Want to red flag your account to a bookmaker as one for restriction? Simply place lots of bets on popular horses that quickly shorten in price and that usually does the trick.

Sometimes it matters not one jot if your bets go onto win. The simple act of regularly betting horses that shorten in price is enough to see many bookmakers limit your account.

20/1 Advised into 8/1 SP…

It is this issue of slashing odds that causes such a problem for tipsters who post up bets into these early betting markets.

The general logic is that the earlier a tipster puts up a tip, the greater chance its odds will move downwards*

*Although it’s important to make the distinction here that betting in the major race meetings such as Cheltenham or on the big Saturday/Sunday featured races won’t see the same level of movement.

For those tipsters with a large subscriber base, there is zero chance the quoted odds will hold up.

It’s all too common to see a price of 20/1 quoted by a tipster, yet within minutes it’s a best 16/1 or 14/1. Come the morning of the race its 10/1 and it starts at 8/1 SP.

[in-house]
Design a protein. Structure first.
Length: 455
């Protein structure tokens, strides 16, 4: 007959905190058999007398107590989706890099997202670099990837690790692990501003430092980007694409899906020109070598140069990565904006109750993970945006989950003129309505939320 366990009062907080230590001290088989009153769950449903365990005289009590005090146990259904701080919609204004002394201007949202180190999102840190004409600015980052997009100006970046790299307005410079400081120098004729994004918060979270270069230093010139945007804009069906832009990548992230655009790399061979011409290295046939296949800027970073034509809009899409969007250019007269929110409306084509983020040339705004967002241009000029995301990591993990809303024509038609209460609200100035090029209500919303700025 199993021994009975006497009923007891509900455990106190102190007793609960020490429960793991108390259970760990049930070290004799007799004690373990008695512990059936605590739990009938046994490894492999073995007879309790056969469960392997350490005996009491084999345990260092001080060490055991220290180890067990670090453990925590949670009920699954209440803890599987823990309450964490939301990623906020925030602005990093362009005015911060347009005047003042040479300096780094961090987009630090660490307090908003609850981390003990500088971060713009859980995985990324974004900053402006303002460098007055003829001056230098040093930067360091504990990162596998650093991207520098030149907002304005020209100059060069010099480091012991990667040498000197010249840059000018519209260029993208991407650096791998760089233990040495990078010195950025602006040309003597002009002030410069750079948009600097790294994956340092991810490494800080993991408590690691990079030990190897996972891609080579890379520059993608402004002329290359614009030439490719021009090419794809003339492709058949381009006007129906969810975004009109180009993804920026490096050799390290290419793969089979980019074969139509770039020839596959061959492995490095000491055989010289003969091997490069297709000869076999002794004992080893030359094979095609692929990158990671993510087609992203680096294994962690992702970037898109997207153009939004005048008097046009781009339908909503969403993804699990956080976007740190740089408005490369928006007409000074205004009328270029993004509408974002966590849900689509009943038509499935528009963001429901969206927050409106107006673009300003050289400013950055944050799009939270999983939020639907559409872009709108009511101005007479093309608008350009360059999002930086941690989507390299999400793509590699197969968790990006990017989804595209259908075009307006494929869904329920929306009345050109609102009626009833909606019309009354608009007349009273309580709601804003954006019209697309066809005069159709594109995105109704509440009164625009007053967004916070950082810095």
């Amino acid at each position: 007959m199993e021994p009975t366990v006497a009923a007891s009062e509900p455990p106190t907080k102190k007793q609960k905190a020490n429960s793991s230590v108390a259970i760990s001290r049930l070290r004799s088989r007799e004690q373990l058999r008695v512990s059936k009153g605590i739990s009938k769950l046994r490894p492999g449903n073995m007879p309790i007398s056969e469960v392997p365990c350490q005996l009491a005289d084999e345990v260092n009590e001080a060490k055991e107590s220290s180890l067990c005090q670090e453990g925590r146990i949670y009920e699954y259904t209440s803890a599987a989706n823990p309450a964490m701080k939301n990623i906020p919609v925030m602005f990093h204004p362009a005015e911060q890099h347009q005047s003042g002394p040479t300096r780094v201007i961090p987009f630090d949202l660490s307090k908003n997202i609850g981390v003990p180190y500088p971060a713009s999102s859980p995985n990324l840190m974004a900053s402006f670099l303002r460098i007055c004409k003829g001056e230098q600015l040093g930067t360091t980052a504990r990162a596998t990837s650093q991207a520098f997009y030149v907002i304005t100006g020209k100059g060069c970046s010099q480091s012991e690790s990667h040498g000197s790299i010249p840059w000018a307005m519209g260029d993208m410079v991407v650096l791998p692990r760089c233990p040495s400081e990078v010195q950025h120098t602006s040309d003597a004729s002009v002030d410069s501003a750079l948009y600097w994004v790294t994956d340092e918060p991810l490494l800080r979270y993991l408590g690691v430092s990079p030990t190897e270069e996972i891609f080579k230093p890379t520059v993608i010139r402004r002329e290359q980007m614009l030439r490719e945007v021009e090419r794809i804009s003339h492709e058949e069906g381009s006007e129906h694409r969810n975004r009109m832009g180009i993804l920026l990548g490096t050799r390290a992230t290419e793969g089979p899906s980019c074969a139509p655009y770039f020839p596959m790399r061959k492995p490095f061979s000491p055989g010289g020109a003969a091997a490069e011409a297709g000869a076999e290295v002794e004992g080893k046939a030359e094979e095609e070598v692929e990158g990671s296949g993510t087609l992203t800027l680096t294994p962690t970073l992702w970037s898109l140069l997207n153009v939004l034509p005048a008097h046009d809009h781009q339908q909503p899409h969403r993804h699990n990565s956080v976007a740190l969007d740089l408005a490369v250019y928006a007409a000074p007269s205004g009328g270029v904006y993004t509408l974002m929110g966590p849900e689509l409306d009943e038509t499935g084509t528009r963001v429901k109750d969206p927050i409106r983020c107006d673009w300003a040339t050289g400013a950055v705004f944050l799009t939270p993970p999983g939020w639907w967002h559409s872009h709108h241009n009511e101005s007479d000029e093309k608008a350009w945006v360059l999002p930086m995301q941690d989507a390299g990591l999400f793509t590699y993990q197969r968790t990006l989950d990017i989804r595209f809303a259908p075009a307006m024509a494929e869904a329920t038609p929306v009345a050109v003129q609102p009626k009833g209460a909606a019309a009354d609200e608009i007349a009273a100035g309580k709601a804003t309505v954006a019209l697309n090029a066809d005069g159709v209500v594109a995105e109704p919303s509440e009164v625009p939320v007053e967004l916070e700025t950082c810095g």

Considering betting profitably is all about value, even a change from 20/1 to 16/1 can and does make a major difference to your bottom line.

Taking 8/1 or 10/1 on a 20/1 shot isn’t worth thinking about neither – and by doing so you are actually more likely to turn a loss than a profit.

The Tipster With Rapid Odds Movement Issues

To give you an example of the type of movement I regularly see on this front, I wanted to share with you stats from some ongoing odds monitoring we are currently undertaking on a popular racing tipster.

I won’t name the tipster in question as this odds monitoring is still ongoing, but I have seen several very positive reviews of his service as published by several other ‘review’ sites already – yet none of them mention his odds movement, which I fear is a major oversight.

This racing tipster advises his tips either the night before racing (8-9pm) or early in the morning of racing (8.30-9am) and to gauge how his prices stand up, we are tracking and comparing the best odds across 3 different metrics as follows: